JAN MOIR: Whatever you think of her politics, you have to admire Theresa May’s resilience and grit under fire
Whatever you think of Theresa May’s politics, this week it has been hard not to admire her resilience, her true grit, her determination to persevere and nail down this blasted Brexit imbroglio – or perish in the attempt.
‘I will see it through,’ she said on Thursday, amid a bonfire of vanities and under the thickening pall of assorted ministerial careers going up in smoke.
As resignations thumped onto her desk and Brexiteers stepped up their pygmy attacks on her authority, the embattled Prime Minister did not shirk from her duty. She put on her green glass beads and a dab of lipstick, then sallied forth to face the hostile world.
She made a statement, took a press conference, did a radio interview, held her own within the gathering storm. It all suggested a type of fortitude that borders on the superhuman.
Theresa May arrives back at Downing Street on Friday after her LBC phone-in to sell her Brexit deal to the public, after days of Westminster drama following the draft agreement
Yes, she looked tired, sometimes even exhausted. Baggy of eye and surely weary of the constant criticism from all quarters, there was a fleeting moment, one that every woman dreads, when she seemed near to tears in public. Please, anything but that! Disaster was averted when somehow Mrs May beat back the sobs and soldiered on, as dry-eyed and determined as ever.
Women from all walks of life and all sides of the political divide looked at the prime minister with fresh admiration. From millennial Corbynistas to stalwarts in the blue rinse brigade, we could only applaud her stamina and composure under such terrible pressure. Never mind Mrs M’s plucky Abba Dancing Queen antics at the party conference, much more impressive is this steel-plated super trouper, especially one who displays courage under sustained Boris-fire.
Meanwhile, any female employee who has ever worked in a male-dominated industry, struggled in a treacherous work environment or howled in powerless frustration at the Men In Suits Who Won’t Listen will keenly appreciate her selflessness and sense of duty. At least Mrs May has delivered a deal. If they don’t like it, where are all their brilliant ideas to solve the problem?
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The beleaguered Prime Minister has somehow endured 30 months of tortuous Brexit negotiations; a banquet of political bile served with side dishes of infighting, mockery, abuse and treachery – and that’s just from her own party. She has also been ostracised in Brussels, humiliated in Salzburg and belittled at every step of the way by men like Jean-Claude Juncker and Donald Tusk, whom history will not treat with reverence.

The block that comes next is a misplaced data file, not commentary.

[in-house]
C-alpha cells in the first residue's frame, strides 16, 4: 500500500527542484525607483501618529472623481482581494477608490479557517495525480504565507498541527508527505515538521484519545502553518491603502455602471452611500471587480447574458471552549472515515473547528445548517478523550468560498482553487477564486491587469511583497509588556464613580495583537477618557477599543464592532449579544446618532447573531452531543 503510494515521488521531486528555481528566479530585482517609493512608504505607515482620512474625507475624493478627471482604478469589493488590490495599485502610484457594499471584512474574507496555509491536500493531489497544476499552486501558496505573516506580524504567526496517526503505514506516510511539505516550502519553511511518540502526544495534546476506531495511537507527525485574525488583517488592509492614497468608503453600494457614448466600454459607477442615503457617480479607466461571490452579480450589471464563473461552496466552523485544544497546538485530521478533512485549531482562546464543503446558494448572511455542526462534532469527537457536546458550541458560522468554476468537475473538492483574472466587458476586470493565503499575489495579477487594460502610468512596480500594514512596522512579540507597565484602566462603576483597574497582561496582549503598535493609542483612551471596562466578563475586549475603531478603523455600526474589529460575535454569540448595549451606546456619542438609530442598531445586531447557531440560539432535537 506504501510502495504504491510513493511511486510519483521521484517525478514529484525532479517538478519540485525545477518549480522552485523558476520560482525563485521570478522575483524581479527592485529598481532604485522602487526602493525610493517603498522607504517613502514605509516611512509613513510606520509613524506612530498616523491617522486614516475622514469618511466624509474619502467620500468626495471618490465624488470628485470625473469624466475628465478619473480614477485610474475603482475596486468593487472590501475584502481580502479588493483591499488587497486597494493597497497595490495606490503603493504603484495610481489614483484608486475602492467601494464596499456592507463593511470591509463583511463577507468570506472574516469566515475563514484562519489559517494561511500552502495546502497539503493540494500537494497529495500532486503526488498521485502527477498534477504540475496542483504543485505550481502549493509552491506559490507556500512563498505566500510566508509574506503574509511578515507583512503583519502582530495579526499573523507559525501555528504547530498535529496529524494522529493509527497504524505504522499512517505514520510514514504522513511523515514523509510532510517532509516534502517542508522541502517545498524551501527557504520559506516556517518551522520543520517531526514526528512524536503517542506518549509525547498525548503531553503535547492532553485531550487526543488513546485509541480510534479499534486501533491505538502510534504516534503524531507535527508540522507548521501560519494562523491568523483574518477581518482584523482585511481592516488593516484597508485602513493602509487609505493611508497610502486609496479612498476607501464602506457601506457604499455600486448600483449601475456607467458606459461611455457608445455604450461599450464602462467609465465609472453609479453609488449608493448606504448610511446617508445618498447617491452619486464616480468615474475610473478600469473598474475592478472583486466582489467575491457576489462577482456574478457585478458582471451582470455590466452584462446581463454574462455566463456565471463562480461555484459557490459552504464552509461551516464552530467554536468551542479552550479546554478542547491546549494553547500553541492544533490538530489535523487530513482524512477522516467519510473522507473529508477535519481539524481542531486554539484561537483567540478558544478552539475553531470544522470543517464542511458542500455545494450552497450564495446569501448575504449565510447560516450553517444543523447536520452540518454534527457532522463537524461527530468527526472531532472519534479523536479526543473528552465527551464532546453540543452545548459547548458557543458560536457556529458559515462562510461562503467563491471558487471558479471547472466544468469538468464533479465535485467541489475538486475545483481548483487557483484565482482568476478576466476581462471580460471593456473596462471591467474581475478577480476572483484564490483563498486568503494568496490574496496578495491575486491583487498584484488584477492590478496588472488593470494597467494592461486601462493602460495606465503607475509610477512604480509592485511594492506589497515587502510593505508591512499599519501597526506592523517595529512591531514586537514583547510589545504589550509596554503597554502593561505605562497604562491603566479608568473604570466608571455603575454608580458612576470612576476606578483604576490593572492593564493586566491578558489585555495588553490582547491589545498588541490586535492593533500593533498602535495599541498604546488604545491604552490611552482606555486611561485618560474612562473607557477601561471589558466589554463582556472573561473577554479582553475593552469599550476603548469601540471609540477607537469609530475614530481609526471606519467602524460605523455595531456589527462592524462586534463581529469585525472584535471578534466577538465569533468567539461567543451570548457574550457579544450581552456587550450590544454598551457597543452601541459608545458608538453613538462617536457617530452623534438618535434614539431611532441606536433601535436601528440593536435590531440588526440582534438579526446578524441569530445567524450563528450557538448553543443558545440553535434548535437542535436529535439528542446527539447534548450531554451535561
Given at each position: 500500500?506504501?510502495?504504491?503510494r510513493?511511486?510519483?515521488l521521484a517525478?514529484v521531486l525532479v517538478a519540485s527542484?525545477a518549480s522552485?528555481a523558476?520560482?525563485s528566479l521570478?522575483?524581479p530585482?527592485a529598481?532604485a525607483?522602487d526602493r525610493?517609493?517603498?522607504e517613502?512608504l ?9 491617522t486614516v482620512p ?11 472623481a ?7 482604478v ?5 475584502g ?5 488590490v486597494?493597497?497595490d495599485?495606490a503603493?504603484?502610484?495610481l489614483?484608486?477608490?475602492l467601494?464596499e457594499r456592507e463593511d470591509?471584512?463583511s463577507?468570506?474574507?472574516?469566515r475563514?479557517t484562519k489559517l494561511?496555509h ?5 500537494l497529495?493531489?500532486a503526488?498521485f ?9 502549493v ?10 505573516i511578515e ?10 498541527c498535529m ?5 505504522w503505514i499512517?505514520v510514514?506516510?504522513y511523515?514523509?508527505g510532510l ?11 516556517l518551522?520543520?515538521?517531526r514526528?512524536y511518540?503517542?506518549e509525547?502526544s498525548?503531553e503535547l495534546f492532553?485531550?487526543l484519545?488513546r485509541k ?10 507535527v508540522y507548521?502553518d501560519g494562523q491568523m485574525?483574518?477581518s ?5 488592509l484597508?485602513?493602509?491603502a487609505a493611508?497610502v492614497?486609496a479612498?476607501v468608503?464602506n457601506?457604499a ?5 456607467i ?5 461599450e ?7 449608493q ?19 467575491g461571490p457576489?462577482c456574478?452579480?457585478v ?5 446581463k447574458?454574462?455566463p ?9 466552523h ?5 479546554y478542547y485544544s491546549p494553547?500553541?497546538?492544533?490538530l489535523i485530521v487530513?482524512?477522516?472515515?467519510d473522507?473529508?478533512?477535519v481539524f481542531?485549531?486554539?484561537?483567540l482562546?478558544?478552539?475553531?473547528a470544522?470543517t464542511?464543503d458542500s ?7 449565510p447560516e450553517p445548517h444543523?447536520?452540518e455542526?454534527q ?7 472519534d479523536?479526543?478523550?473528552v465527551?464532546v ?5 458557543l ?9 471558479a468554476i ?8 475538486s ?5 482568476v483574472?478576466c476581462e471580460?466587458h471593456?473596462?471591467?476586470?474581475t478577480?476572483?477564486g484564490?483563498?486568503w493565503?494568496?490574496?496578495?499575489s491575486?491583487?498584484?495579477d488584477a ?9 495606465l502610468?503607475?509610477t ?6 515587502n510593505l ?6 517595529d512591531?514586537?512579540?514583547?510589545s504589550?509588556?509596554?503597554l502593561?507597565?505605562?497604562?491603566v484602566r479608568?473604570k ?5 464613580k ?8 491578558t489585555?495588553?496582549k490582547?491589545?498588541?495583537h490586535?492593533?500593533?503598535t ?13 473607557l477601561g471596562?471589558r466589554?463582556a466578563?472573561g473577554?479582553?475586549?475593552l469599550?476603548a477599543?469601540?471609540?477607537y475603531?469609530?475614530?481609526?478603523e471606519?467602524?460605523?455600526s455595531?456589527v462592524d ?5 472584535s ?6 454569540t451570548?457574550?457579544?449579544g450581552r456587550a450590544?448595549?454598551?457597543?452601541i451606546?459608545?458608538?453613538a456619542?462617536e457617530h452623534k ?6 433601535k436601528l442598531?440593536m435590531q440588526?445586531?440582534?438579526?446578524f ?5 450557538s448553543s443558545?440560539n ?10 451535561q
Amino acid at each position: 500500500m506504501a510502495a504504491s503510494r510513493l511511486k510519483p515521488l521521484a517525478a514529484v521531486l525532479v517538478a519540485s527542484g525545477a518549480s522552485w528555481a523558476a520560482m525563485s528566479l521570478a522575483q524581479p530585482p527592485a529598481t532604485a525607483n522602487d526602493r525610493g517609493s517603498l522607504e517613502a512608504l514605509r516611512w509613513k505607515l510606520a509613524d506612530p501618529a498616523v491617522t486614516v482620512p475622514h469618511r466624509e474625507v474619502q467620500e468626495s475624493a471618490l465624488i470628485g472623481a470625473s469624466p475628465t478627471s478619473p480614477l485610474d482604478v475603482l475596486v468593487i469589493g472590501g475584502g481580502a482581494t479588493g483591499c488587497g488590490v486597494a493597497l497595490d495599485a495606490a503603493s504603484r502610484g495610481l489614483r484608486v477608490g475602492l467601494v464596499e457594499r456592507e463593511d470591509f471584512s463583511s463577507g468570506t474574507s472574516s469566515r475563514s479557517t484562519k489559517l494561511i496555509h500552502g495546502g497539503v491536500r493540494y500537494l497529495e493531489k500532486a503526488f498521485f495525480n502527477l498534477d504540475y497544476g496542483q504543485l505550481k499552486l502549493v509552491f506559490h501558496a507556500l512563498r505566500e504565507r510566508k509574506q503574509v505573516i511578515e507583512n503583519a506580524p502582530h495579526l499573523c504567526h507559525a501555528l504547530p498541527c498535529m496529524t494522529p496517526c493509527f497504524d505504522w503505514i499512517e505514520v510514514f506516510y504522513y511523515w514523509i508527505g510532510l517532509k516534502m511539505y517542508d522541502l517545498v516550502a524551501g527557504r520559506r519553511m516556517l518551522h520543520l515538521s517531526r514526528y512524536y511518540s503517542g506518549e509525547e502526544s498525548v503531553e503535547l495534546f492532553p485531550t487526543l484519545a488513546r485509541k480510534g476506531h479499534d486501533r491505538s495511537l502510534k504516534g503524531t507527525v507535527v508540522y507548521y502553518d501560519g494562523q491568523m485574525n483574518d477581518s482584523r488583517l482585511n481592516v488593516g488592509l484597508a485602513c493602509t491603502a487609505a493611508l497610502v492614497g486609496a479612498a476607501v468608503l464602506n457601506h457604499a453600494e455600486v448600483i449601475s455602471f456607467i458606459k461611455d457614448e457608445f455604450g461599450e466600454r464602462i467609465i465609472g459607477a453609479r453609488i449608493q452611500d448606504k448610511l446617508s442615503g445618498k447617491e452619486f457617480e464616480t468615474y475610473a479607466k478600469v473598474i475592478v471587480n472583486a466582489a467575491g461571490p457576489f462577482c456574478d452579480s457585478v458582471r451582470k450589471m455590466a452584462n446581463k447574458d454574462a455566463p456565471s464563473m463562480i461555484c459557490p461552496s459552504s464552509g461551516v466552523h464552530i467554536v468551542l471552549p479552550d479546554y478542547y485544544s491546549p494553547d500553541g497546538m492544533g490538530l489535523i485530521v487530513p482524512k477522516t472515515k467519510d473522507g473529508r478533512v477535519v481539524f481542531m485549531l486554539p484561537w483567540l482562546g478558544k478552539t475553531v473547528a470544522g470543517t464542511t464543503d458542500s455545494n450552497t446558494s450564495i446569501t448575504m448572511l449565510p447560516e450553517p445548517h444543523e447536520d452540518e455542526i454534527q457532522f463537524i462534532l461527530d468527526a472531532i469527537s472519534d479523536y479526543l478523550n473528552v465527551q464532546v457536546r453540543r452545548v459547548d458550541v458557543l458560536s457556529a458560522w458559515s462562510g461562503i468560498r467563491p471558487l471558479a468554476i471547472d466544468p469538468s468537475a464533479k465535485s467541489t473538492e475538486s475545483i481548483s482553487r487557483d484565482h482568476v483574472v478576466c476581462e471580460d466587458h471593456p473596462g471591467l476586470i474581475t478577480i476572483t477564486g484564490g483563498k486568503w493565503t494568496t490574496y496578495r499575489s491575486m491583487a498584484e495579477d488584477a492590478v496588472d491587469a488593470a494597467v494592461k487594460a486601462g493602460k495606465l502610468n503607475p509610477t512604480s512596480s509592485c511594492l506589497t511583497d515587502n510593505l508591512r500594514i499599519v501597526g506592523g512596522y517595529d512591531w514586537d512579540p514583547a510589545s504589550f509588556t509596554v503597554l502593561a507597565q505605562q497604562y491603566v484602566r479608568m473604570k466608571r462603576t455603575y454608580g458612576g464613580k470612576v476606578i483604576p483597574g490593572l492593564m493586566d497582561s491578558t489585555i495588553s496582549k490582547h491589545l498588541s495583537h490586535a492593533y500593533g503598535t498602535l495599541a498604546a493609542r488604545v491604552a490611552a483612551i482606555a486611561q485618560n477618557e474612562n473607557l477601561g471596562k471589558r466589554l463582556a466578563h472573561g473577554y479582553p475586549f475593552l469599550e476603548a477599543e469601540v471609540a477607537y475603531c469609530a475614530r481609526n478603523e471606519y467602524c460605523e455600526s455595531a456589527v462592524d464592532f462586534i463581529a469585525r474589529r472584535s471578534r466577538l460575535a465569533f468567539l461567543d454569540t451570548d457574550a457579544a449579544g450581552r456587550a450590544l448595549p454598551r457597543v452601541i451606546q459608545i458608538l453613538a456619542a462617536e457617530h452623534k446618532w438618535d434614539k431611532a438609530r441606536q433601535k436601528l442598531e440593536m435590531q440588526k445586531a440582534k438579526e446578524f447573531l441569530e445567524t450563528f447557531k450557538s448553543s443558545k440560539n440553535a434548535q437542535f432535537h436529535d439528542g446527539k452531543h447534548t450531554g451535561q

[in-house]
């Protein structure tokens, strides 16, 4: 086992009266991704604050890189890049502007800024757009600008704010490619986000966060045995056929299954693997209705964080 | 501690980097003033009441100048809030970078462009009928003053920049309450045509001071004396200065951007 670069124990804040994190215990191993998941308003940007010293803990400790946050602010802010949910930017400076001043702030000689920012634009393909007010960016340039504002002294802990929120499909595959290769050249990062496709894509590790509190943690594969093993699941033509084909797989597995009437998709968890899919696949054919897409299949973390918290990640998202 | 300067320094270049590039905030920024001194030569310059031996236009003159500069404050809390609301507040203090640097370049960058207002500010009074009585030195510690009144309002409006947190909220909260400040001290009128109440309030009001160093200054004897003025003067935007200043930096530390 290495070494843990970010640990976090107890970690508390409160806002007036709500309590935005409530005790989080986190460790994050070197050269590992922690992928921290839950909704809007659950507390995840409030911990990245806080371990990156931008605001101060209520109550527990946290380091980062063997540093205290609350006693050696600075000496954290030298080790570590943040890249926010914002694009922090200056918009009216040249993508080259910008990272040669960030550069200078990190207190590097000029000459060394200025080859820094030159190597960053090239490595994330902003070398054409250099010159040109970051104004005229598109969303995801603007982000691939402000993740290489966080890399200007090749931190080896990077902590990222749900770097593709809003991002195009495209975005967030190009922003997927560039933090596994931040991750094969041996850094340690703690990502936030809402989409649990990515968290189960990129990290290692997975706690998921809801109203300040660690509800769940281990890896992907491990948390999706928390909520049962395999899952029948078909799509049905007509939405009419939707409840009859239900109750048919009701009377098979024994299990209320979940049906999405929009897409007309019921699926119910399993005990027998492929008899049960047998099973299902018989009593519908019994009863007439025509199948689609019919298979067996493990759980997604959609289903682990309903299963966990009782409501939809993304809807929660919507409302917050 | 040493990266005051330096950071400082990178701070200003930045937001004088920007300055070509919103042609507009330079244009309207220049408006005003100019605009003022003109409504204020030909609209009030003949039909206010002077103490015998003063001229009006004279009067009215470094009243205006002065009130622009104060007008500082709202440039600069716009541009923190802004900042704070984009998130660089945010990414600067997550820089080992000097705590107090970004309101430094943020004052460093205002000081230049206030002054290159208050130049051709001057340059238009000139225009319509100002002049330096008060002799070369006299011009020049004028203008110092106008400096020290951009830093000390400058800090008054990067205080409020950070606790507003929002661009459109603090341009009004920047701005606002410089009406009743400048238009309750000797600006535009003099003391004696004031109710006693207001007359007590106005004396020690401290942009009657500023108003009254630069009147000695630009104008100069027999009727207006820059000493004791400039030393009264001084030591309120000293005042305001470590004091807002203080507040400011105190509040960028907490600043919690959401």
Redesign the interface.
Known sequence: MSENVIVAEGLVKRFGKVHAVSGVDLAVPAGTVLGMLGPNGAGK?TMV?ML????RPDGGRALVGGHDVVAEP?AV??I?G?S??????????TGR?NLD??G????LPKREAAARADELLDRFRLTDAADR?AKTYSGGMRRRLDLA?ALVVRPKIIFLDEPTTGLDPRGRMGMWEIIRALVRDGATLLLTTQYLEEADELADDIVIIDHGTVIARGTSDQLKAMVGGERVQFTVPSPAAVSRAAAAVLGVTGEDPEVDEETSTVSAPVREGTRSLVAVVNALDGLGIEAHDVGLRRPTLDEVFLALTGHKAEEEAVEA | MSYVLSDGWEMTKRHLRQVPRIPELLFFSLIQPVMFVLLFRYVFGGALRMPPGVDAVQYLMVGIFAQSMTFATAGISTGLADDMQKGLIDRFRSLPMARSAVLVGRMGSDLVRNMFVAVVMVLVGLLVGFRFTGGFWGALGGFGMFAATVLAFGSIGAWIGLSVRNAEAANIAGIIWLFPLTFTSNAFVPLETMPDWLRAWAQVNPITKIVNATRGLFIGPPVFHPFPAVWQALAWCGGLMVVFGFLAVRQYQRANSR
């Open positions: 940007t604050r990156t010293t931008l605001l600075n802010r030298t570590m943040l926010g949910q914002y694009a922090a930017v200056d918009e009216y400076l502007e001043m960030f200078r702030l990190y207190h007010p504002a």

Men who should know better, but don’t. Men who would never treat another man in the some disrespectful and occasionally repellent way they treated her.
Yet the Prime Minister has never complained, never put herself forward as a victim and never buckled.
Instead she has forged on with her impossible task, thrashing around in a constitutional and political mess that was not of her own making. She has tried to make the best of it and I’m still glad she is in charge, despite everything.
Mrs May during a press conference in Downing Street on Thursday. She has faced a series of ministerial resignations and a plot to oust her by hardline Brexiteer MPs
Who else has her capacity for thankless slog, or her willingness to put in the hard yards? When the going got tough, former PM David Cameron and ex-Chancellor George Osborne left Westminster sharpish to pursue their own (highly lucrative) interests, both men taking more out of politics than they ever put in, unlike Theresa.
Rising to the top job after the elite chumocracy and Flashman swagger of their era, Mrs May’s middle-class sensibilities and head girl diligence seemed to be just what the country needed.
She was the studious only child, the vicar’s daughter; the dry stick, duty-first politician who went from the Home Office to Downing Street, to become the unlucky Conservative leader handed the poisoned chalice of delivering Brexit.
No doubt she longs for the day when she can relax at her constituency home in the Berkshire village of Sonning with devoted husband Philip. He is the semi-retired City businessman who heats up quiches for her suppers and no doubt wonders how much more of this his wife can take.
For the moment, the lonely Mrs May staggers on in a febrile political world where ambition is naked and so are the hostilities. She has been magnificent in her quietude and resolve over this torrid week, but for how much longer can she stay in power? The more terrifying question is this: who would replace her?
In the meantime, it is good to know that Mrs May is a church-going Christian who believes in the power of prayer – she will certainly need all of them now. She took the blows, and did it her way – but where do we go from here?
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